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Legislature to hold extra session next week to resolve U.S. beef issue

2012/06/16 15:17:48

Taipei, June 16 (CNA) Taiwan's legislature will hold an extra session next week to deal with the issue of U.S. beef imports containing the leanness-enhancing drug ractopamine, Legislative Speaker Wang Jin-pyng said Saturday.

An inter-party negotiation is scheduled on Monday to decide the time for the extra session, Wang said, adding that it could be held on June 19, at the earliest.

The extra session was an idea proposed by the caucus of the ruling party Kuomintang, as the legislature failed to put the beef issue to a vote before the current session ended on Friday.

The vote on whether to lift the ractopamine ban on U.S. beef imports was scheduled on June 12, but lawmakers from the opposition parties -- mainly the Democratic Progressive Party (DPP) -- had occupied the stage of the legislature to boycott the session since June 11.

Legislators of the DPP, the Taiwan Solidarity Union (TSU) and the People First Party (PFP) have cited food safety concerns as the main reason for their opposition to the government's plan to lift the ractopamine ban.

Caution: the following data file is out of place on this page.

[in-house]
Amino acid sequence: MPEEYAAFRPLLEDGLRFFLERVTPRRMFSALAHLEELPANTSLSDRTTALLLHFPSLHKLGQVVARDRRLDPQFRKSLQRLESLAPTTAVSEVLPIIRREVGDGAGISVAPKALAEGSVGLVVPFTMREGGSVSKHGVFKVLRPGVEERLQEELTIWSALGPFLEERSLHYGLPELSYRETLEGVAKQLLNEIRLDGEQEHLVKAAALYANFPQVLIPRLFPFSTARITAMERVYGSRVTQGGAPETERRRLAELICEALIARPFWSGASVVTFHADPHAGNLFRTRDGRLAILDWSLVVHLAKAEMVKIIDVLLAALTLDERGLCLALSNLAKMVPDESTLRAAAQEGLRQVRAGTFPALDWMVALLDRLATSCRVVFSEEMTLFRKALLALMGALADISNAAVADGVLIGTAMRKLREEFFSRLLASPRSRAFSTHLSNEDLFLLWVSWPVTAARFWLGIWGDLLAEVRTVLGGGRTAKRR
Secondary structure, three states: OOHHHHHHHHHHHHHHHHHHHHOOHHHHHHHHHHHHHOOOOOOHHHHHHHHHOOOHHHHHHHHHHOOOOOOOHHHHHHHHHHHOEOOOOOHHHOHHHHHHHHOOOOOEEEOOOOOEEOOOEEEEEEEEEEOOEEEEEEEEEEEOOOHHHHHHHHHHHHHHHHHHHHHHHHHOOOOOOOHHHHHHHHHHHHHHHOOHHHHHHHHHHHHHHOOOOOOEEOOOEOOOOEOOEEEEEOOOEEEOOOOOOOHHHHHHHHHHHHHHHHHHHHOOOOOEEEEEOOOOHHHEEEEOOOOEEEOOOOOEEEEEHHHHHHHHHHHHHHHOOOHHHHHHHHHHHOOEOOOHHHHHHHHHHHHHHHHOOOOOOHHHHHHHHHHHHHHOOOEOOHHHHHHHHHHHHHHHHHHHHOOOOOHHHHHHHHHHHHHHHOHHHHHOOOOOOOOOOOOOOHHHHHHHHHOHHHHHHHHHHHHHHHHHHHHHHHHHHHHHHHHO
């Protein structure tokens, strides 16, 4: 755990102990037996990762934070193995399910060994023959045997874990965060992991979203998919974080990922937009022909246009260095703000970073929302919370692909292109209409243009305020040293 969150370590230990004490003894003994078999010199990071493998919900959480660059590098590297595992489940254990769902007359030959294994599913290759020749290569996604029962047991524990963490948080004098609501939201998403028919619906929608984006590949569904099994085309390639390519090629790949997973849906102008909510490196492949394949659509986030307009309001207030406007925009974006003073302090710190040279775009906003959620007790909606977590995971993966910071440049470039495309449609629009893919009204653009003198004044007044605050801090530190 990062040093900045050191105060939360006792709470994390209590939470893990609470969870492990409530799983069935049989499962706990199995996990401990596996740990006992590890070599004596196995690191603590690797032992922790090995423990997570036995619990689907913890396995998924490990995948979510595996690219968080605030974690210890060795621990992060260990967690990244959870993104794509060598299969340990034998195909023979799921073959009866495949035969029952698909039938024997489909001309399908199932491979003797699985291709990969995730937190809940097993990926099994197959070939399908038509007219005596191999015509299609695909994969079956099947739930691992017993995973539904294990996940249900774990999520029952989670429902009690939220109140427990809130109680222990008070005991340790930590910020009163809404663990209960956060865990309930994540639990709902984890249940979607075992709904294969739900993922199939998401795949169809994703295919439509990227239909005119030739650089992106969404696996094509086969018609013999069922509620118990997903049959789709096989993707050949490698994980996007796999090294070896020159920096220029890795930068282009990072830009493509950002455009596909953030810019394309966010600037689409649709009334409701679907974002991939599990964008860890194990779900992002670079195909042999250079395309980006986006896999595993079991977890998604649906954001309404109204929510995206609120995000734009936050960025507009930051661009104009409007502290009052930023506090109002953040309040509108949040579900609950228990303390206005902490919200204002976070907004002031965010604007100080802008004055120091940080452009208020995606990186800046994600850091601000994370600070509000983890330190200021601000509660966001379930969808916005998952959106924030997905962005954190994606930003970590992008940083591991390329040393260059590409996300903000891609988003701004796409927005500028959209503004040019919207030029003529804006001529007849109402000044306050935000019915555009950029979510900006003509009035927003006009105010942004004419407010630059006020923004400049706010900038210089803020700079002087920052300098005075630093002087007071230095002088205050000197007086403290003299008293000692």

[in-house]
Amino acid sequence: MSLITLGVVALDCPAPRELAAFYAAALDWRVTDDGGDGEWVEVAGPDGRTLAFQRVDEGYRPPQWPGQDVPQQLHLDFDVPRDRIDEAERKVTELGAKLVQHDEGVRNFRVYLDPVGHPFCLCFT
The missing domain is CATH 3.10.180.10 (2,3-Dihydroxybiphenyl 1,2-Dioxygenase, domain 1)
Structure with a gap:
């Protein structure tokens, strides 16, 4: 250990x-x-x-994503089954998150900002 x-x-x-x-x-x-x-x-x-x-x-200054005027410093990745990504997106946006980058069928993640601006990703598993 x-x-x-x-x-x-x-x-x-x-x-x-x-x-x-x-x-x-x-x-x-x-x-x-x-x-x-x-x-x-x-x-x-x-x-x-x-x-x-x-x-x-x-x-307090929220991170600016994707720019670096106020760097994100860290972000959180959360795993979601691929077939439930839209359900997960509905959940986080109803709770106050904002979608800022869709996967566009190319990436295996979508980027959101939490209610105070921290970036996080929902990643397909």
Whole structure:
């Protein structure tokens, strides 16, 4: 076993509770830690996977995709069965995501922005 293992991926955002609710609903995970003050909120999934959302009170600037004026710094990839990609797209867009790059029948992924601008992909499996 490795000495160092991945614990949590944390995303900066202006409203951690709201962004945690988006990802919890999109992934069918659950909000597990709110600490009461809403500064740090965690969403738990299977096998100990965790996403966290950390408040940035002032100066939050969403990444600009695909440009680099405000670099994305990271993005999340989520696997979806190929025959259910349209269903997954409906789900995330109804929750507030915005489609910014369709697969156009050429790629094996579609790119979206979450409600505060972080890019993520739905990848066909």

The beef issue, which is related to amendments to a food safety act, has been stalled for a period of time, Wang said, adding that he hopes the amendments will be passed during the extra session.

DPP caucus whip Ker Chien-ming, however, reiterated his party will "face the battle directly" in the extra session.

If put to a vote, the amendments to the Act Governing Food Sanitation are likely to clear the floor of the legislature, where the KMT holds a majority of 64 seats.

The DPP has 40 seats in the 113-member legislature, while the TSU and the PFP each hold three seats.

The U.S. beef issue has been hotly debated in Taiwan over the past few months.

In March, the government decided to conditionally lift the ban on U.S. beef imports, saying Taiwan would specify a safe level of ractopamine, issue separate permits for the import of beef and pork, mandate the labeling of beef imports and exclude imports of beef organs.

Government officials have argued that the decision factors in public health and that there is no scientific evidence of people having fallen ill after consuming meat containing "certain allowed levels" of ractopamine.

(By Elaine Hou)
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